Distributed April 7, 2016 12:15 PM
Nanaimo celebrates opening of new water treatment plant
Council joins Federal and Provincial officials to mark filtered water milestone
Today, Nanaimo City Council accompanied by Councillor Chris Good and Elder James Johnny of the Snuneymuxw First Nation, MP Joyce Murray and members of the public met near Nanaimo to formally open the City's new Water Treatment Plant.
With the construction completed and daily operations underway, Nanaimo residents have begun enjoying some of the cleanest and safest drinking water in Canada. Water leaving the plant is filtered to 0.1 micron (one ten-millionth of a metre) which is smaller than most bacteria.
Between 30 million (winter) and 60 million (summer) litres per day are estimated to be delivered to Nanaimo's population of 91,000 residents, with an additional capacity to filter up to 117 million litres per day to meet future demand.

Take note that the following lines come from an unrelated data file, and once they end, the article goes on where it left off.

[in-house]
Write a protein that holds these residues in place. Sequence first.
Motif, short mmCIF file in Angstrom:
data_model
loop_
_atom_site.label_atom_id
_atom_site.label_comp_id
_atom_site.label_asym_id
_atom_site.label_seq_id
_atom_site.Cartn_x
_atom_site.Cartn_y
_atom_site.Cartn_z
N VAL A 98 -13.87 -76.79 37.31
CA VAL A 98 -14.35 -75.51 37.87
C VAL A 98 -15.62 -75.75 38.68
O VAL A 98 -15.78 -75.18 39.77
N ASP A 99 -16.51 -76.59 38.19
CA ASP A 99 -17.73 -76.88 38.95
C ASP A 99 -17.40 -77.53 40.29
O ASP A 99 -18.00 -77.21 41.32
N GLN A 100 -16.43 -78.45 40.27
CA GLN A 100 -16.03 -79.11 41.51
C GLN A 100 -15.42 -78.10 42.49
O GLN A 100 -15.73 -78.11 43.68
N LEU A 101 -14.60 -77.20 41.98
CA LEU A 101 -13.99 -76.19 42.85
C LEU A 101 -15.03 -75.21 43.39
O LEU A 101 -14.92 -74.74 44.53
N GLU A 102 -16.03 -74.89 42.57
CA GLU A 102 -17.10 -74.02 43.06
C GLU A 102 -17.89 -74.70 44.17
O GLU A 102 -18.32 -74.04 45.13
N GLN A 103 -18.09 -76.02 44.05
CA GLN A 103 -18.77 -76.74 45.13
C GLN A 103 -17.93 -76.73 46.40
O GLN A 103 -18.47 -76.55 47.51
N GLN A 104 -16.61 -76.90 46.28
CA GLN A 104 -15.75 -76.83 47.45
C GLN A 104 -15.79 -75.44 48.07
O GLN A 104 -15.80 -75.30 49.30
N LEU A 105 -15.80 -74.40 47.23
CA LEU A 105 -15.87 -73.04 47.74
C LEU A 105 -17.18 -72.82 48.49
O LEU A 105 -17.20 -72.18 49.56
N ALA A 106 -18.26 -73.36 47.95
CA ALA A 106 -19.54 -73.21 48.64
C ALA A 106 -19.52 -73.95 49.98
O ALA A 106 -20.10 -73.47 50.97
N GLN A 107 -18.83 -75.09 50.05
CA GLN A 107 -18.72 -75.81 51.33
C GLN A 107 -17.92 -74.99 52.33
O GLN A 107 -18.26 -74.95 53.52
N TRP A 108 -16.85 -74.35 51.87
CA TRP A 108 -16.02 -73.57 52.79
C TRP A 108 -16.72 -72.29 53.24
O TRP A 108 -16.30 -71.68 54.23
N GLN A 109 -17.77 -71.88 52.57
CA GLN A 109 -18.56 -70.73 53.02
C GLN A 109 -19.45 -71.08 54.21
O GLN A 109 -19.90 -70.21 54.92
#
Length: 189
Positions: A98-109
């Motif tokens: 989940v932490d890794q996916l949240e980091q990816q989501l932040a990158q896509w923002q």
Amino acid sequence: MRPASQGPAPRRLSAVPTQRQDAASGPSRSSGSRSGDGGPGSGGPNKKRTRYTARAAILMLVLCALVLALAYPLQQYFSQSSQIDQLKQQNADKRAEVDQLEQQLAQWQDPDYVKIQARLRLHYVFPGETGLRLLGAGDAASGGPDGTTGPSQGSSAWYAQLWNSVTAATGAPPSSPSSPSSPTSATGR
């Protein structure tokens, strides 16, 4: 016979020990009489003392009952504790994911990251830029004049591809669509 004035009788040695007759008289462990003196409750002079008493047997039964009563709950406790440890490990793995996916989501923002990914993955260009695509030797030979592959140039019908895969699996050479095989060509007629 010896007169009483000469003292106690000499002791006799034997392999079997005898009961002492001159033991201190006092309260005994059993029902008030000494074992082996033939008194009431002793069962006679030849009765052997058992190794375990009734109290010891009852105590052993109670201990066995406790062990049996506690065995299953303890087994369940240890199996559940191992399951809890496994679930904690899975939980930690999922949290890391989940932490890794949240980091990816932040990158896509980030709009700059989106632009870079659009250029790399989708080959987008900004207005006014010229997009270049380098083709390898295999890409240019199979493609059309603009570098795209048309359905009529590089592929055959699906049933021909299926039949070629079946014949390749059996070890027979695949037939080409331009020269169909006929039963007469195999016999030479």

Strategic Link: Water: a safe and sustainable water supply
- This $72.5 million project was made possible thanks to contributions of over $36 million from the Building Canada Fund, Federal Gas Tax Fund and BC Hydro's energy incentives program.
- Construction of the water treatment plant was completed in December 2015.
- Since becoming operational December 2015, the new plant has averted several boil water orders.
- Nanaimo's new Water Treatment Plant is one of only two facilities in Canada to use gravity syphon to draw water through the membranes, rather than suction pumps. This is estimated to save in excess of $60,000 per year in power costs.
- The Building Canada Fund, Communities Component provided a major share of funding. The Union of British Columbia Municipalities (UBCM), in collaboration with the Government of Canada and Province of British Columbia, administers the Gas Tax Fund in BC.
- The plant features two stages of filtration which recover greater than 99% of the water that passes through.
- The membranes, designed by GE Water and Process Technologies, remove particles down to 0.1 micron – one ten-millionth of a metre, smaller than most bacteria.